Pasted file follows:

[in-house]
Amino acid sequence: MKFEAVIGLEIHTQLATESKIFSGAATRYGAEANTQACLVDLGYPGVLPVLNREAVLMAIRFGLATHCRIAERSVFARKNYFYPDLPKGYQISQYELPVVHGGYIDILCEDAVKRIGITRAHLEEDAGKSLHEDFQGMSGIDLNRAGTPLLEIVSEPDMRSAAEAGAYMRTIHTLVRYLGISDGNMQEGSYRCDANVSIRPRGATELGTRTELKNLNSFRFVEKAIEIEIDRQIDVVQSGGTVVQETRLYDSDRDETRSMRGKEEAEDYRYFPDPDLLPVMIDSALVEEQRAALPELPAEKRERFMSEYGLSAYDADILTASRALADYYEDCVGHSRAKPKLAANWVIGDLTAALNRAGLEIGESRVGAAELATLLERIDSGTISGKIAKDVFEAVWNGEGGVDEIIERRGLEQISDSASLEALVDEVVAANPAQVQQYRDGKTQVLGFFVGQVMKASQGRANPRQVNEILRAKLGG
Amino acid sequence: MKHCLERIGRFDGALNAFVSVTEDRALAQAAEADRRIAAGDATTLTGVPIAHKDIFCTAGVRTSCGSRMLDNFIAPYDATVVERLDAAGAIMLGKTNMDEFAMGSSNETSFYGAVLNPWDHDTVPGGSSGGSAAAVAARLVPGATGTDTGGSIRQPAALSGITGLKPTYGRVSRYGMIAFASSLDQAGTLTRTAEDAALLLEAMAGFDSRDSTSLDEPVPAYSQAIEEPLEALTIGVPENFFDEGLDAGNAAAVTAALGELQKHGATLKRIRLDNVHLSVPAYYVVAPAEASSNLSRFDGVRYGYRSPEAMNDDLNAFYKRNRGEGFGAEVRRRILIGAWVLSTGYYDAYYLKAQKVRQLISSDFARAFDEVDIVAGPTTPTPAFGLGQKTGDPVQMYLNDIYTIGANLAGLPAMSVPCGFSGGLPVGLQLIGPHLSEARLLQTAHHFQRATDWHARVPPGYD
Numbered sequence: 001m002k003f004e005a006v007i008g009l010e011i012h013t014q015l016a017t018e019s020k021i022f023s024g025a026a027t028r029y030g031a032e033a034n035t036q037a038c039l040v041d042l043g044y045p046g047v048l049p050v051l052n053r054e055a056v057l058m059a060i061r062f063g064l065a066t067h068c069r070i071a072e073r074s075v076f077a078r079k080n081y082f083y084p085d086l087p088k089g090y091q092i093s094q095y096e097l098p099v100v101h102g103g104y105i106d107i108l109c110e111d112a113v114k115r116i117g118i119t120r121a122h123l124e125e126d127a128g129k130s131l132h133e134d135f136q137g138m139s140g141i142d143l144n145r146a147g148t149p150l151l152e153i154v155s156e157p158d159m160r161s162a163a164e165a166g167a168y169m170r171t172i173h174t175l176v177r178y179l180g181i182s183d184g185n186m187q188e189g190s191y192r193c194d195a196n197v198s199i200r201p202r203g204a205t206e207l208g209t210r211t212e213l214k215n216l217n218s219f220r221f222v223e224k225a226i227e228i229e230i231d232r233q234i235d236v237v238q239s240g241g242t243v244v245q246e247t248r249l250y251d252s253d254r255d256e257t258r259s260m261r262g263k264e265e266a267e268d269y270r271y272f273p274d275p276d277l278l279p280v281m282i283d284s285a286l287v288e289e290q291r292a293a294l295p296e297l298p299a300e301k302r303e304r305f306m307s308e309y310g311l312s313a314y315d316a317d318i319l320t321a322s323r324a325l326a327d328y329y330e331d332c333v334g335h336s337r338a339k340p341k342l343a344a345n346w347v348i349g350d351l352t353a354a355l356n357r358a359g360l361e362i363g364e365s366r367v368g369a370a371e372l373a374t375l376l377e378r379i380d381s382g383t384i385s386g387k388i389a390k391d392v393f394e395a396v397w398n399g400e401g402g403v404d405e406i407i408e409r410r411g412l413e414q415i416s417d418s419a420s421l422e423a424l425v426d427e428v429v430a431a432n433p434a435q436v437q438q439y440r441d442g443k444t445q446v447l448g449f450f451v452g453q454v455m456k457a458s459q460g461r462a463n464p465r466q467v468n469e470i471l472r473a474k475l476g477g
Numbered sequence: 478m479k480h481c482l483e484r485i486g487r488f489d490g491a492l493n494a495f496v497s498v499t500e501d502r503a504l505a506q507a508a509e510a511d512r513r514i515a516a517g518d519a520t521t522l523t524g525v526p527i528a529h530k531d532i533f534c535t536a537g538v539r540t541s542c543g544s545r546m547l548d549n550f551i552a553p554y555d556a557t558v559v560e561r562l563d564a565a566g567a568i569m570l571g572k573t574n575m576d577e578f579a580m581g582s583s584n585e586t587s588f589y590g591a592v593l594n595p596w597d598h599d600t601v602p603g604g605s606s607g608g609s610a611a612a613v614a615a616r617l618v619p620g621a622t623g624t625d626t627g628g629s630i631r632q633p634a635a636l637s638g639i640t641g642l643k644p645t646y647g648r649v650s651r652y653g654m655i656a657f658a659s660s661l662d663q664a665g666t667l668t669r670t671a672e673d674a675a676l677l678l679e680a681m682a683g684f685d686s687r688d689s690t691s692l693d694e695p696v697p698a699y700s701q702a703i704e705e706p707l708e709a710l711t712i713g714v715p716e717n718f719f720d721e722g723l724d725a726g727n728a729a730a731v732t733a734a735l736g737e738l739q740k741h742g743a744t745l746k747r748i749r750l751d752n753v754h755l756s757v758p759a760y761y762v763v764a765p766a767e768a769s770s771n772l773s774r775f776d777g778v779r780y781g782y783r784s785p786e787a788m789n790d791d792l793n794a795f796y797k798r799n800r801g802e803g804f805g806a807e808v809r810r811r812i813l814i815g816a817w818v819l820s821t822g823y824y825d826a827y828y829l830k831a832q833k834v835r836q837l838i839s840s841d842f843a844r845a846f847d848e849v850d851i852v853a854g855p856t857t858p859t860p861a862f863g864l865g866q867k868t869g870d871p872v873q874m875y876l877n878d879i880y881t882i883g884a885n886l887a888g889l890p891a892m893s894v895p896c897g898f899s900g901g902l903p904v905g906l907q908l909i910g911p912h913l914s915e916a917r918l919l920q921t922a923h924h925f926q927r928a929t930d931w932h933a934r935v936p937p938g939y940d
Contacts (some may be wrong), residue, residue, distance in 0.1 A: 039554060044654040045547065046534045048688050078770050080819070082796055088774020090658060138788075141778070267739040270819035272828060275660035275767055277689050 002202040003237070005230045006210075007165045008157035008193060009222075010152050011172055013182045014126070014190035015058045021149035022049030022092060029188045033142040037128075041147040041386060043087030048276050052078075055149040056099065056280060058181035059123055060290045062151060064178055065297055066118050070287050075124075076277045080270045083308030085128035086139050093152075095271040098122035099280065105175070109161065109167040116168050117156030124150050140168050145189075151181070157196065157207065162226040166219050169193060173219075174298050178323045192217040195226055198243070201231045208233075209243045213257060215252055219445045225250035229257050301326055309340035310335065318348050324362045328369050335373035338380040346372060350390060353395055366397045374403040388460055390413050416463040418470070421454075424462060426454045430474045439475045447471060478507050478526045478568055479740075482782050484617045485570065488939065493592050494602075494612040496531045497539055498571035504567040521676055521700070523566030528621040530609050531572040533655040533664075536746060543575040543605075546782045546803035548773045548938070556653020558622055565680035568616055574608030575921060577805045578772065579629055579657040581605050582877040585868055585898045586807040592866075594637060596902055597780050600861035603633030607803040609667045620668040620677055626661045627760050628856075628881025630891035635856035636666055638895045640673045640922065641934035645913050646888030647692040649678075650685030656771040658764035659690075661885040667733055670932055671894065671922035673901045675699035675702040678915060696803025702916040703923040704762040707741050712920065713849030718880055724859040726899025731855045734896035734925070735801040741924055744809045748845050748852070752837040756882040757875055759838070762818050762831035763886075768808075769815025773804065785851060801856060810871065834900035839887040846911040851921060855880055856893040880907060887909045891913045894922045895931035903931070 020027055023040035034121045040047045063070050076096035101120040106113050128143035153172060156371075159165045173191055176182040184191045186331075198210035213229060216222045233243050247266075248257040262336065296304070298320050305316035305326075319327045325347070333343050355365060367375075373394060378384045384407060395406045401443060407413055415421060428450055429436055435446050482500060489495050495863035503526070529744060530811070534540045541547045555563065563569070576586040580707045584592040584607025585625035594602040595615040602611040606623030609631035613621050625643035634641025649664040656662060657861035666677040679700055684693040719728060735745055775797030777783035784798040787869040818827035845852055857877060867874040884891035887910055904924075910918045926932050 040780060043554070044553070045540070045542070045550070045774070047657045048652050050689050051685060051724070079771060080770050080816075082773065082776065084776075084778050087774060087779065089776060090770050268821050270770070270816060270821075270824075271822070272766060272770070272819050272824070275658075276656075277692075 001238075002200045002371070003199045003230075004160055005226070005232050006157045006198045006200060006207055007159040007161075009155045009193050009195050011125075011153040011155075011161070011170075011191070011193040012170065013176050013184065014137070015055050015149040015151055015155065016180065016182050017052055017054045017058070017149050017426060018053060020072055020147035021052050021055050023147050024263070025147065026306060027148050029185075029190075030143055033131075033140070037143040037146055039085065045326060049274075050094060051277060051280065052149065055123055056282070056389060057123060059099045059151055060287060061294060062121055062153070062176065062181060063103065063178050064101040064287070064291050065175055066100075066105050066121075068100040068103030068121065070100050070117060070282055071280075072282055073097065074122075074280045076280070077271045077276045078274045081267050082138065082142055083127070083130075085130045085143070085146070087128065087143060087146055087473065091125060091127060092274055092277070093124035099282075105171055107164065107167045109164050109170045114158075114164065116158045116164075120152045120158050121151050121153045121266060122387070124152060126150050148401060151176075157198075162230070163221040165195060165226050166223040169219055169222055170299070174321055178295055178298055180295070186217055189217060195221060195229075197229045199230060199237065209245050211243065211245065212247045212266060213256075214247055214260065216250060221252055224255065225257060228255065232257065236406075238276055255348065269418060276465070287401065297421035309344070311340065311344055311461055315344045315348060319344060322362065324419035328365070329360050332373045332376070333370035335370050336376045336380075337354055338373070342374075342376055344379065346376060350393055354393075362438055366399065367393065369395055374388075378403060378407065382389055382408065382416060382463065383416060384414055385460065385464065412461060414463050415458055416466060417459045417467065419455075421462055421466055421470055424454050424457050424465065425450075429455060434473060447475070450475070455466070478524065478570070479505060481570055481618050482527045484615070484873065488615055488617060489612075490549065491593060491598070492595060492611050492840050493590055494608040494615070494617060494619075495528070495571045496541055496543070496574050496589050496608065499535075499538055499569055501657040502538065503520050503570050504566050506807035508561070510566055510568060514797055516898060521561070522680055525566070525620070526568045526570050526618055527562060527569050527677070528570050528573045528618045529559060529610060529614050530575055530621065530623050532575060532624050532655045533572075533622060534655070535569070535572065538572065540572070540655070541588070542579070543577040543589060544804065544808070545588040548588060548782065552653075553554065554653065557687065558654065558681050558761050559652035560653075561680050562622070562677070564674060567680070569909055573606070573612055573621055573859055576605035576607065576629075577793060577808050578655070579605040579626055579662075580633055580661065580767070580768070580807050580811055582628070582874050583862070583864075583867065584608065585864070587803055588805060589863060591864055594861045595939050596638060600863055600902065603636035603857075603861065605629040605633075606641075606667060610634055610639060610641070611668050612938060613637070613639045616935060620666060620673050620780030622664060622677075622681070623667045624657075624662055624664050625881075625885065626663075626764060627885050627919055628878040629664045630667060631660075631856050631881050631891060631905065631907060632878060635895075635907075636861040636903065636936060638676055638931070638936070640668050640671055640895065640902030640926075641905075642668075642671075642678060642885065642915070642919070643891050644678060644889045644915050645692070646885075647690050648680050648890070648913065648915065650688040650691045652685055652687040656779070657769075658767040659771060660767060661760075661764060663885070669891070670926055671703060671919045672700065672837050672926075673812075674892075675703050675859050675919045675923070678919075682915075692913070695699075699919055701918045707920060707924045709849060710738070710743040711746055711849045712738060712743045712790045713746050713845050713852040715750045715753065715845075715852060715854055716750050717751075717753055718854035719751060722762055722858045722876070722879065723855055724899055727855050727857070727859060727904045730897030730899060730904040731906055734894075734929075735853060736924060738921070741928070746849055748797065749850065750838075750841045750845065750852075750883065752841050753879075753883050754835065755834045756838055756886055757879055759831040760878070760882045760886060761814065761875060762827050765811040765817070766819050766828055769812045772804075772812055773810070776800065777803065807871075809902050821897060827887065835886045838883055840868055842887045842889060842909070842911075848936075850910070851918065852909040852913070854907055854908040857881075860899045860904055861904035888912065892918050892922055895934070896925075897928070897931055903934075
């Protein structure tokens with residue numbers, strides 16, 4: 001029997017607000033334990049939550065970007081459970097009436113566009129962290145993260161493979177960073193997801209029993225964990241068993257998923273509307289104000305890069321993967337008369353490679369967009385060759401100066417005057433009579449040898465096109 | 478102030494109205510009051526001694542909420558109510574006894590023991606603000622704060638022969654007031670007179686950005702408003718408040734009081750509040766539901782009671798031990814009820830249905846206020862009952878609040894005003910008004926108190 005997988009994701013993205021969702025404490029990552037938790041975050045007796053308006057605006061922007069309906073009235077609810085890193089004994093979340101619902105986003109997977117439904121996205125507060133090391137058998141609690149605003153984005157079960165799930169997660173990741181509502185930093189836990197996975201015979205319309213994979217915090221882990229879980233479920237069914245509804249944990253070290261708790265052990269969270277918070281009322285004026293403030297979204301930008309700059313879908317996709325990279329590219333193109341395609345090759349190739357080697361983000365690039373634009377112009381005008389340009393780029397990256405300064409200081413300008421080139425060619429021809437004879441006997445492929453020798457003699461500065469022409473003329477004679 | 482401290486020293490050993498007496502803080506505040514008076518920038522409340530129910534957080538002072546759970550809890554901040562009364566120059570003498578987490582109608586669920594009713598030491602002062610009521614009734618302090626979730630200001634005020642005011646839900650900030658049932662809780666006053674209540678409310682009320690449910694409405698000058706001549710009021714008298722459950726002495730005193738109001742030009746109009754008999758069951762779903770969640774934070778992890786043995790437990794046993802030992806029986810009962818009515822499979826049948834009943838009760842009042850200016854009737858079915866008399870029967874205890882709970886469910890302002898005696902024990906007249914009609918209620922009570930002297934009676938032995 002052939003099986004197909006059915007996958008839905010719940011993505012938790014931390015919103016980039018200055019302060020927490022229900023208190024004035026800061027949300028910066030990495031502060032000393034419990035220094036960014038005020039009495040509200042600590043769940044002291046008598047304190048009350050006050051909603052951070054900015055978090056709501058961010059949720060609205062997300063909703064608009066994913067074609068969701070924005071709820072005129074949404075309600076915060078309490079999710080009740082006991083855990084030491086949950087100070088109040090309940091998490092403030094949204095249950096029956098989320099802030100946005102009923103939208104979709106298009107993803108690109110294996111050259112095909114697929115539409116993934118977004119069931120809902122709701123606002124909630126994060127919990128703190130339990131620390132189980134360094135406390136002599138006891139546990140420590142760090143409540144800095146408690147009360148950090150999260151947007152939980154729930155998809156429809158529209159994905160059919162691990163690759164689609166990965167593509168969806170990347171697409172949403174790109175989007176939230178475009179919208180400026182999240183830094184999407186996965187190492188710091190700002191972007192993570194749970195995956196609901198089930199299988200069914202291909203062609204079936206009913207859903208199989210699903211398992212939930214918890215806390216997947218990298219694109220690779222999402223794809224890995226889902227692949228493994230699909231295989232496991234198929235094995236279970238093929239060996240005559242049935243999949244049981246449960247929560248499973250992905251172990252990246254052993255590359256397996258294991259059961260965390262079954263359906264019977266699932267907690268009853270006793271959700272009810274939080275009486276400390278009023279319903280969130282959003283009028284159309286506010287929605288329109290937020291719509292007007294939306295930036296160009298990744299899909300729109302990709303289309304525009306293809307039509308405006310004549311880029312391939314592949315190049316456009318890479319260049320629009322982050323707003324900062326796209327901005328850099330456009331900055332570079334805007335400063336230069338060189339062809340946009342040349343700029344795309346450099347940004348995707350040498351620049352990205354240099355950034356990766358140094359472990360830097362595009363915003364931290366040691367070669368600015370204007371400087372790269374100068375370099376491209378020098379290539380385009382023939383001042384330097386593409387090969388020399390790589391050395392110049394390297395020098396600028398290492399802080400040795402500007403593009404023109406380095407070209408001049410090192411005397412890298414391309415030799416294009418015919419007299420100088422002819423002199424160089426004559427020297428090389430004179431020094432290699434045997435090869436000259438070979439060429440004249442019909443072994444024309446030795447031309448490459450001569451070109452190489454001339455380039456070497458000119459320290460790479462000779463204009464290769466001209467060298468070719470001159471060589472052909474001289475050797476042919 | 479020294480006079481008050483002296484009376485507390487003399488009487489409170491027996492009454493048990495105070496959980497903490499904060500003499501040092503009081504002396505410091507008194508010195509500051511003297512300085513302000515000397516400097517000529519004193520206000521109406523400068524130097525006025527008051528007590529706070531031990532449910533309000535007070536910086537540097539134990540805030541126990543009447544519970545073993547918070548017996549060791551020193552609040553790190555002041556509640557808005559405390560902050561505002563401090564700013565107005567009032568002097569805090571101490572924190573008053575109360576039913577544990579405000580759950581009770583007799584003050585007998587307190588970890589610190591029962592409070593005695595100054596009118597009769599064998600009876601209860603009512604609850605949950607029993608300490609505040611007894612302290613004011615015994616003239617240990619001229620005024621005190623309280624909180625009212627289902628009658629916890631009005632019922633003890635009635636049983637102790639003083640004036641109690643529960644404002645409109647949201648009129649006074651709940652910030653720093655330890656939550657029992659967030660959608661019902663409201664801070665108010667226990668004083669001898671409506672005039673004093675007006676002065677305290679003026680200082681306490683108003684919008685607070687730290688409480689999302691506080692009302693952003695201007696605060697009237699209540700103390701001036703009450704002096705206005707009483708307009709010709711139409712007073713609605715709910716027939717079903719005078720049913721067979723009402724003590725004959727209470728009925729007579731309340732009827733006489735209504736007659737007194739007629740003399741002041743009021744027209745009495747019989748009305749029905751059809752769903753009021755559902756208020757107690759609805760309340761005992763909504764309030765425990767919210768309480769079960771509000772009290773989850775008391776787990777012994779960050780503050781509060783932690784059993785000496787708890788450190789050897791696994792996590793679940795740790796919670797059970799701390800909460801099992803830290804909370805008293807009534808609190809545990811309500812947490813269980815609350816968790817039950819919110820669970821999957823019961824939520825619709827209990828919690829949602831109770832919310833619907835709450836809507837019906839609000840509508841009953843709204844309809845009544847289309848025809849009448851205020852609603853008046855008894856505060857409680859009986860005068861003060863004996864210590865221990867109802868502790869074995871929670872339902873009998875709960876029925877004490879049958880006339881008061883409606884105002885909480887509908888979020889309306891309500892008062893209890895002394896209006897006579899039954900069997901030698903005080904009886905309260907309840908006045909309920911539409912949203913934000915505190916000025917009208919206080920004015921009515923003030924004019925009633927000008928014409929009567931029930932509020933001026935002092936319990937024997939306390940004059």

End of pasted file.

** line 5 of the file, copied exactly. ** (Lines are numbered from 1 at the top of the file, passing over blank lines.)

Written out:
Numbered sequence: 478m479k480h481c482l483e484r485i486g487r488f489d490g491a492l493n494a495f496v497s498v499t500e501d502r503a504l505a506q507a508a509e510a511d512r513r514i515a516a517g518d519a520t521t522l523t524g525v526p527i528a529h530k531d532i533f534c535t536a537g538v539r540t541s542c543g544s545r546m547l548d549n550f551i552a553p554y555d556a557t558v559v560e561r562l563d564a565a566g567a568i569m570l571g572k573t574n575m576d577e578f579a580m581g582s583s584n585e586t587s588f589y590g591a592v593l594n595p596w597d598h599d600t601v602p603g604g605s606s607g608g609s610a611a612a613v614a615a616r617l618v619p620g621a622t623g624t625d626t627g628g629s630i631r632q633p634a635a636l637s638g639i640t641g642l643k644p645t646y647g648r649v650s651r652y653g654m655i656a657f658a659s660s661l662d663q664a665g666t667l668t669r670t671a672e673d674a675a676l677l678l679e680a681m682a683g684f685d686s687r688d689s690t691s692l693d694e695p696v697p698a699y700s701q702a703i704e705e706p707l708e709a710l711t712i713g714v715p716e717n718f719f720d721e722g723l724d725a726g727n728a729a730a731v732t733a734a735l736g737e738l739q740k741h742g743a744t745l746k747r748i749r750l751d752n753v754h755l756s757v758p759a760y761y762v763v764a765p766a767e768a769s770s771n772l773s774r775f776d777g778v779r780y781g782y783r784s785p786e787a788m789n790d791d792l793n794a795f796y797k798r799n800r801g802e803g804f805g806a807e808v809r810r811r812i813l814i815g816a817w818v819l820s821t822g823y824y825d826a827y828y829l830k831a832q833k834v835r836q837l838i839s840s841d842f843a844r845a846f847d848e849v850d851i852v853a854g855p856t857t858p859t860p861a862f863g864l865g866q867k868t869g870d871p872v873q874m875y876l877n878d879i880y881t882i883g884a885n886l887a888g889l890p891a892m893s894v895p896c897g898f899s900g901g902l903p904v905g906l907q908l909i910g911p912h913l914s915e916a917r918l919l920q921t922a923h924h925f926q927r928a929t930d931w932h933a934r935v936p937p938g939y940d